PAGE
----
For a man considered the underdog in the race for Congress, radio talk show host Robert Namer sounds confident about his chances of defeating incumbent Congressman David Vitter, who, last week, officially announced his candidacy for re-election. Namer hints of major bombshells dropping in the weeks ahead and says that he has been focused on traveling the district to meet with the voters and elected officials. "I have met with 90 percent of the district's elected officials and received a very favorable response, and that is what caused him to announce last week," says Namer, who adds that he has 400 yard signs up in the district and another 200 ready to go.
Concerning Gov. Mike Foster, who has expressed displeasure with Vitter recently, Namer says, "He has reached out, but I don't know if he will support me. Mike Foster owes me. I got his transition money for him and he would not be sitting in Baton Rouge if not for Robert Namer." Namer doesn't know if he will eventually receive Foster's endorsement, but believes that he deserves it, saying, "Anyone who is a man pays back his debts." Namer is looking to spend up to $1 million in a race against Vitter and more if others join the campaign -- but, as of now, he doesn't expect company in his quest to unseat the incumbent.
Fields and the Field
The latest news in the U.S. senate race: State Sen. Cleo Fields is now seriously considering a challenge to incumbent Sen. Mary Landrieu. Fields has been upset with Landrieu ever since the 1995 governor's race, when Landrieu refused to campaign for Fields in the run-off against Gov. Mike Foster. Last week, Fields said on a Baton Rouge talk show that, rather than vote for Landrieu, he would vote Republican for the first time in his life. He did not specify his choice, but most politicos assume that Fields would be supporting Elections Commissioner Suzanne Haik-Terrell, who is expected to announce her Senate candidacy this week. An insider in the Terrell camp confirms that conversations were held with Fields, but that negotiations for his support broke down. Now, Fields is seriously considering the race himself and will decide by August.
The other GOP candidates are Congressman John Cooksey and state Rep. Tony Perkins. Last week, Perkins announced that he raised $200,000 in just three weeks, impressing some who did not view his campaign seriously. Cooksey will be able to raise a large sum of money Monday, July 8, when U.S. Speaker of the House Dennis Hastert hosts a fundraiser for the congressman in New Orleans.
Landrieu remains the favorite, but these developments indicate she is becoming more vulnerable to a run-off. If Fields runs, there is a possibility that two Democrats may make the run-off; if a Republican makes the run-off, that candidate will have the strong support of President George W. Bush, who should be able to make numerous trips to the state. Qualifying for the Senate race will be Aug. 2123, and the election will be held Nov. 5.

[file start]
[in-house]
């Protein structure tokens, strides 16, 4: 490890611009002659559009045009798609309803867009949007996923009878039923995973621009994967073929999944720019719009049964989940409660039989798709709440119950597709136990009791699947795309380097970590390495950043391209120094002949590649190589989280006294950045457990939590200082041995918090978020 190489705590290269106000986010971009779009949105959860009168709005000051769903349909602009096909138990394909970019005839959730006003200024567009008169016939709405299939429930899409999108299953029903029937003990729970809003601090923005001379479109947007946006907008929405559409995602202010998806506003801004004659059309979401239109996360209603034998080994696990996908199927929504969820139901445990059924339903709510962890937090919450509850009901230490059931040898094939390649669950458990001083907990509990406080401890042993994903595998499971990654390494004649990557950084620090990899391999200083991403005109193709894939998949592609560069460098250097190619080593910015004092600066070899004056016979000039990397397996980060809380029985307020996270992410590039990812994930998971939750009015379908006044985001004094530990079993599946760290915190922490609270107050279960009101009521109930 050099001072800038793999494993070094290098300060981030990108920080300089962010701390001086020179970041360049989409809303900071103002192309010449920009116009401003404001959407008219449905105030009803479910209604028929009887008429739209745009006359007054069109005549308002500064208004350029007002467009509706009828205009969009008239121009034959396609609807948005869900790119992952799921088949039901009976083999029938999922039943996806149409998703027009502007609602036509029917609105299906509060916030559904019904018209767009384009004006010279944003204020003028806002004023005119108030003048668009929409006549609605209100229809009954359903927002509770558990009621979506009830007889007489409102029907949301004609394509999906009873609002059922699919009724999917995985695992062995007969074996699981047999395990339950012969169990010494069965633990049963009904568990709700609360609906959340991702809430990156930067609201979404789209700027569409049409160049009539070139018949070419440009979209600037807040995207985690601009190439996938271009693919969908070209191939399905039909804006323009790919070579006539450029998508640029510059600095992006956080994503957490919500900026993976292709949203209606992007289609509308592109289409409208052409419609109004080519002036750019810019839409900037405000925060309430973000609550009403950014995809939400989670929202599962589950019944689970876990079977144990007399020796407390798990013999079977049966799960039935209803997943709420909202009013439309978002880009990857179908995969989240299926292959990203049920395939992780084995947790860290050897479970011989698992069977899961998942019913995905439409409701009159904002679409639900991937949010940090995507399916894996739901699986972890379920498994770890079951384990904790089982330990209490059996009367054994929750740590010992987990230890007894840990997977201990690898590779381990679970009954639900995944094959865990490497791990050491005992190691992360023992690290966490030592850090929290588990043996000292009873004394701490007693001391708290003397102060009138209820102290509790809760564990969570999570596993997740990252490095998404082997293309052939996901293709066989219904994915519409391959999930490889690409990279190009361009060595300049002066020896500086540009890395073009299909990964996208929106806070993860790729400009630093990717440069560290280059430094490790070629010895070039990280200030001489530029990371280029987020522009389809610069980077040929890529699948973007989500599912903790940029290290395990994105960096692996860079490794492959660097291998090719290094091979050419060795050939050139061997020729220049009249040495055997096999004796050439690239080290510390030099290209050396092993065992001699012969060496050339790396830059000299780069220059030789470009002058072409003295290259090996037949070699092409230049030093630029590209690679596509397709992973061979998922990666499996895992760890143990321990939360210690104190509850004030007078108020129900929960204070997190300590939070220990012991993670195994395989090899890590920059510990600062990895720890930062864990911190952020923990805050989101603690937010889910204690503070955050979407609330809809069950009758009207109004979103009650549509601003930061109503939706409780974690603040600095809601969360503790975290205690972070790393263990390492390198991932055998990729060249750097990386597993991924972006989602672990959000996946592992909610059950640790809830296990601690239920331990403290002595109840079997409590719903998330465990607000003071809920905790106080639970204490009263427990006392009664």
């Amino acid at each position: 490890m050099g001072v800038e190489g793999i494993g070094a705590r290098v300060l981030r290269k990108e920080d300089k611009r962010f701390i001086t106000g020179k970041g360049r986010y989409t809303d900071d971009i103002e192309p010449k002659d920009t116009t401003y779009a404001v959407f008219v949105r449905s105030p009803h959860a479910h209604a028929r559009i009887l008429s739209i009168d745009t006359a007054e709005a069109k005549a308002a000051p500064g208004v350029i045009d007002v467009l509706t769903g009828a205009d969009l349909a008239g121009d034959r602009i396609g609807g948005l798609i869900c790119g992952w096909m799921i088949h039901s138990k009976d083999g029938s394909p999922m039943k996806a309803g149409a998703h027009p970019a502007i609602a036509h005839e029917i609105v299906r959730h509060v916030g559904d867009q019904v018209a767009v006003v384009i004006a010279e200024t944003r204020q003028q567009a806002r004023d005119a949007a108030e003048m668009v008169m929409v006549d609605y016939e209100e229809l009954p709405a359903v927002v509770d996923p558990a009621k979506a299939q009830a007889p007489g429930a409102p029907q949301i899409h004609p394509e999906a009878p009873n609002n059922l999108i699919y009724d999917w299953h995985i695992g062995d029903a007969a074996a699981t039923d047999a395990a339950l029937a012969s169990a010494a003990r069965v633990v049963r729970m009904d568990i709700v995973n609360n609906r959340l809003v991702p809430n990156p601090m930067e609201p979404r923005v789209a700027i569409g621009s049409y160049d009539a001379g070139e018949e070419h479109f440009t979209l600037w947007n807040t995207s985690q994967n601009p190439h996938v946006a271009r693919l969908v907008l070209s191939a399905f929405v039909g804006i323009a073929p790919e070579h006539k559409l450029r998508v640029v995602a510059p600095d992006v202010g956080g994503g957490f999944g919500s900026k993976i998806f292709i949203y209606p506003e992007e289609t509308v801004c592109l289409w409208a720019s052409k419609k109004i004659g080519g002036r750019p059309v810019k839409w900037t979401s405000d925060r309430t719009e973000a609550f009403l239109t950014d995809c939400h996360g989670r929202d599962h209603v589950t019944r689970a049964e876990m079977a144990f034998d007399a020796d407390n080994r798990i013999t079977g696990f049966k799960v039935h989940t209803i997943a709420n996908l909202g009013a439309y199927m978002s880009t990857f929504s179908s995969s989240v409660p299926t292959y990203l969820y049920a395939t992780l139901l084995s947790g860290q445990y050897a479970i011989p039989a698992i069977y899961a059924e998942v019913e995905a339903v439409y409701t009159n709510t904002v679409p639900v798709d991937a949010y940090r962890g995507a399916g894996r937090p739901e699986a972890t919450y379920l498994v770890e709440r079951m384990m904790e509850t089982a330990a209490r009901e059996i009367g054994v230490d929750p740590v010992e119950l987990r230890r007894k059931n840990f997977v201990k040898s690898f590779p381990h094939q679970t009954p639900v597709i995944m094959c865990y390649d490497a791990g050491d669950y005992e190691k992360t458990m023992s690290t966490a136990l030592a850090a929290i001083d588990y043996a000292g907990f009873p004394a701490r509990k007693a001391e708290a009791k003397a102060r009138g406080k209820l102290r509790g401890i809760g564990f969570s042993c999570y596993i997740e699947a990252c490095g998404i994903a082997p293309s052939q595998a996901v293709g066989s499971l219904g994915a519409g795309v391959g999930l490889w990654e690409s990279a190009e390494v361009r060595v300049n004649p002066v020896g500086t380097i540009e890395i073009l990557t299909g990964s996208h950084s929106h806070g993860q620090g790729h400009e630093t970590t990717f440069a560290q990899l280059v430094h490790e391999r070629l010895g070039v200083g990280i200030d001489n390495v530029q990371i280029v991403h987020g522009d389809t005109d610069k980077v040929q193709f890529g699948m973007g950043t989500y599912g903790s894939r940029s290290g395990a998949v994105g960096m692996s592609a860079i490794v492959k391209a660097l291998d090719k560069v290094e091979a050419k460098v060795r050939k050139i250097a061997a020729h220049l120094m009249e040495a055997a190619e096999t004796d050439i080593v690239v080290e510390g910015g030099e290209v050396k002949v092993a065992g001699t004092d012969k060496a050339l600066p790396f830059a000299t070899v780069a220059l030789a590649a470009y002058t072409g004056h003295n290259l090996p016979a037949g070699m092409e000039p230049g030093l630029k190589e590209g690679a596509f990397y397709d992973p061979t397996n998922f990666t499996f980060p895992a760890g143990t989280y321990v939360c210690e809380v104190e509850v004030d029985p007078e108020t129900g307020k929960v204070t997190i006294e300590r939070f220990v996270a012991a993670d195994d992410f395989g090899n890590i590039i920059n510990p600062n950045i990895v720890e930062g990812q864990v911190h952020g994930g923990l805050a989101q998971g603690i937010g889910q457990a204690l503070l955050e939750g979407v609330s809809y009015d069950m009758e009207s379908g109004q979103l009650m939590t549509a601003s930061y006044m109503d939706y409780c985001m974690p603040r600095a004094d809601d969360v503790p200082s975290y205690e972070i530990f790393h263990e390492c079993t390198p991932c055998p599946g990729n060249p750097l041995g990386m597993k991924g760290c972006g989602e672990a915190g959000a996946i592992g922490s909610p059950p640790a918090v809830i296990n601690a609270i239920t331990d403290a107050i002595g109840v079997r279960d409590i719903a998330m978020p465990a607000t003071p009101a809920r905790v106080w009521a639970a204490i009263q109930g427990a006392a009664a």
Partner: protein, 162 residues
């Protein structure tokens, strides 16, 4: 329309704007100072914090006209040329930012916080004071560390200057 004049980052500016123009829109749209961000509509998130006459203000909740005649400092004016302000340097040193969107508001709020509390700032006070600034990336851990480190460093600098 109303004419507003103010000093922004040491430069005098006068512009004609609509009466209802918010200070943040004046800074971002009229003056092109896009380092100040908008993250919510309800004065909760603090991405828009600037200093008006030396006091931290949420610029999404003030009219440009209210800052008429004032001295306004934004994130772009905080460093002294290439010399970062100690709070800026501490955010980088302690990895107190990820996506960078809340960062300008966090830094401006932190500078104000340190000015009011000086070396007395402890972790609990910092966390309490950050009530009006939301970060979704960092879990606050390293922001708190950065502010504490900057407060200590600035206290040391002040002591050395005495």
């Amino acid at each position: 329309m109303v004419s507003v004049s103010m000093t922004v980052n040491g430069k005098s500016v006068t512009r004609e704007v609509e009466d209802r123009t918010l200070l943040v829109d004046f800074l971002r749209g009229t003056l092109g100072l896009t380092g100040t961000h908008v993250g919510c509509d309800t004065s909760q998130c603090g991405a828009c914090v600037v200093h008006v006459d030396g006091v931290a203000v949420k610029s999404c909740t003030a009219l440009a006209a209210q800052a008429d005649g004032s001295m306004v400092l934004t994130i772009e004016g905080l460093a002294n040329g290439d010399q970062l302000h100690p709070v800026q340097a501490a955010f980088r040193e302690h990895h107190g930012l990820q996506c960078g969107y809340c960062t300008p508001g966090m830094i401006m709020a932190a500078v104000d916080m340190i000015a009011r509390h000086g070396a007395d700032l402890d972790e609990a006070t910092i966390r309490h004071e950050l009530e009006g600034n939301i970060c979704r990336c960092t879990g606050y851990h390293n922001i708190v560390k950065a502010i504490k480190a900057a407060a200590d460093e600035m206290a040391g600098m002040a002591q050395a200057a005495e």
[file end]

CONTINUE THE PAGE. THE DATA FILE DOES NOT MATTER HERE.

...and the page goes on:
Back in Bucktown ...
The controversial plans to re-develop the Bucktown Marina led to a crowd estimated as high as 500 to cram a June 25 JEDCO hearing. All sides agree that most at the hearing were opposed to the development. According to Peggy Poche, treasurer of the Bucktown Civic Association, her group has gathered a petition with 650 names demanding that the project be stopped. Poche and her group support a marina and recreation development, but oppose plans for commercial development. Her group is canvassing the neighborhoods in and around Bucktown asking residents to contact the Army Corps of Engineers to express displeasure with the project. The public comment period ends in two weeks, and the Jefferson Parish Council will take up the issue at its July 17 meeting. Poche is hoping the Council will take no action on the Bucktown issue.
Supporting the project is JEDCO Director of Port and Public Affairs Pete Chocheles, who believes the Bucktown Marina project has a tremendous amount of support in Jefferson Parish: "There are 24,000 boaters who have waited for a project like this for years. There is a demand for a marina because the New Orleans Municipal Yacht Harbor and others have a waiting list."
Chocheles admits that increase in traffic is a legitimate concern, but he believes it will be partially alleviated by the widening of Hammond Highway. Chocheles says that the controversial retail and commercial development is necessary to make the marina project financially feasible, and he predicts the marina would increase property values in the Bucktown area.